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Irina Slav

Irina Slav

Irina is a writer for the U.S.-based Divergente LLC consulting firm with over a decade of experience writing on the oil and gas industry.

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Russia’s Oil Sector Is Facing A Massive Tax Overhaul

Prirazlomnaya offshore rig

A major tax overhaul in Russia’s oil industry is about to start pressuring the earnings of major oil companies. Refiners will be hit hardest as the overhaul will increase the tax burden on downstream operations while the upstream sector will see taxes shift from production-based to profit-based.

Last week, the Finance and Energy Ministries announced that they had agreed with oil companies to begin phasing out oil export duties by 5 percent annually over the next six years, from 30 percent now to zero in 2023. The producers are happy about this: the duty—along with a so-called mineral resource tax based on production size—will be replaced by a profit-based tax that, oil companies say, will stimulate investments in production expansion.

Yet their happiness is not all-encompassing. S&P Platts writes that the phase-out of the oil export duty actually seeks to reduce state support for the local refining industry, which has - over the last ten years - exceeded industry spending on refinery modernization by five times. This success is largely due to the difference in oil export duties for crude oil and oil products.

Currently, oil product exports are taxed on the basis of a percentage of the crude oil export duty, which is tied to the price of oil. Changing that will save the government some US$16 billion (1 trillion rubles) annually from subsidies for refiners. The change will include not only removing the crude export duty, but also next year introducing a negative excise duty on crude oil for Russian refineries, a government source told S&P Platts. Related: OPEC’s Second Biggest Producer Faces Instability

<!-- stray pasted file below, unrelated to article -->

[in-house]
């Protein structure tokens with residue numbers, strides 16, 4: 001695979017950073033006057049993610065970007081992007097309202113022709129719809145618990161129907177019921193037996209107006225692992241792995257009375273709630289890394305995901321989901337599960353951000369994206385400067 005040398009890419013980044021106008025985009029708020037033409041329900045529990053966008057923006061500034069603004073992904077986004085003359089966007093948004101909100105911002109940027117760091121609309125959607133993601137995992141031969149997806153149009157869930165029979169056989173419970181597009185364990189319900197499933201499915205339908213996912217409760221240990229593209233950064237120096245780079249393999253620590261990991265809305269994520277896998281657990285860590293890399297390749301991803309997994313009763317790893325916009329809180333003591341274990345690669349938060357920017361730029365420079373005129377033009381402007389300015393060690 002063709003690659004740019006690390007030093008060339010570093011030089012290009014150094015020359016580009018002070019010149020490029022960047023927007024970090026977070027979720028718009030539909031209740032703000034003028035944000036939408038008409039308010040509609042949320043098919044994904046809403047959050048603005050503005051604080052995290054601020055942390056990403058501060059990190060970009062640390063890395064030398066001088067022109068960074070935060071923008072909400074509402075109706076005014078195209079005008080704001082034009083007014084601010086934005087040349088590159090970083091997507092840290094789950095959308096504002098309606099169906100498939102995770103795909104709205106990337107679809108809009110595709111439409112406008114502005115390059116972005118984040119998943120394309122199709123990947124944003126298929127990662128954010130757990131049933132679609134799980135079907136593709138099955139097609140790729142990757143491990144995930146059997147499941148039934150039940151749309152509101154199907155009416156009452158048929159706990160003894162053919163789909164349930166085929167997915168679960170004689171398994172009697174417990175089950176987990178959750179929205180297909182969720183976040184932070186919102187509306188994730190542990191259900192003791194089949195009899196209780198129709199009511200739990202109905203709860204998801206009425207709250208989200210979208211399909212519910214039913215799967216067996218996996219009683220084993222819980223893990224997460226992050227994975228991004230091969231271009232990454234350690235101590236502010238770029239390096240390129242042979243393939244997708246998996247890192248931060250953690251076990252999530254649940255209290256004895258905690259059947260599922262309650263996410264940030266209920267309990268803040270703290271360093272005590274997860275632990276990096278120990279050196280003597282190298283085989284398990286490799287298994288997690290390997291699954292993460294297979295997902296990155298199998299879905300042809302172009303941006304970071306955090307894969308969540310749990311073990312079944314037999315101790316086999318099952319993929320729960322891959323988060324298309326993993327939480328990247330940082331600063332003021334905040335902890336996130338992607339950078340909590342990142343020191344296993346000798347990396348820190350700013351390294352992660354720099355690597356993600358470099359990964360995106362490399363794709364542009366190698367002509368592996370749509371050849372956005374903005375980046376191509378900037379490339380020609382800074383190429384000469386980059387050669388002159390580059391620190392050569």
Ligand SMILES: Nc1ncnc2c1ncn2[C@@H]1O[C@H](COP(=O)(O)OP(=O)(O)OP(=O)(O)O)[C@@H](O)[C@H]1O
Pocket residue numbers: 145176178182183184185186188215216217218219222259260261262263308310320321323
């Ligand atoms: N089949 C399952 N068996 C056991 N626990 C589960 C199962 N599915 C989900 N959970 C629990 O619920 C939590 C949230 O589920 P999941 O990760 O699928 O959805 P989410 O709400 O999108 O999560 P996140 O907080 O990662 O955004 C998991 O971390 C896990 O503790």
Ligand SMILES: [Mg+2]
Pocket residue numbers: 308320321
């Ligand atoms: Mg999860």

The aim of the government is to stimulate refinery upgrades and higher light oil product output. Back in 2015, Moscow slashed the export duties for crude and light oil products while raising the ones for heavy oil products.

Now, the Finance Ministry has proposed excise refunding to those refiners who invest in upgrading their processing facilities. Even with the refunds, however, these companies will likely see a higher tax burden overall as reform plans also include a temporary increase in the mineral resources tax on crude oil and gas condensate, to be introduced next year.

In another blow to refiners’ bottom lines, the government recently announced a plan for a mechanism that will make it possible to quickly raise the export duties on oil products should crude oil prices jump, in order to make sure the domestic market remains sufficiently supplied. Related: New Players Enter The European Gas Game

In addition to a well-supplied domestic market, the mechanism, if approved by parliament, will bring in an additional US$1.93 billion (120 billion rubles) to the 2018 budget. This additional revenue would come at the expense of part of the diesel export earnings of Gazprom Neft, Rosneft, and Surgutneftegaz, among others.

The wider tax reform, including the switch to a profit-based tax in the upstream sector, could generate a total US$58 billion (3.6 trillion rubles) over the six-year period of the export duty phase-out, based on an average price per barrel of oil of US$50 and based on the current ruble exchange rate. Since the refiners that will suffer the negative consequences of the reform are also the biggest upstream players in Russia, chances are that things will largely even out at the end of the day.

By Irina Slav for Oilprice.com

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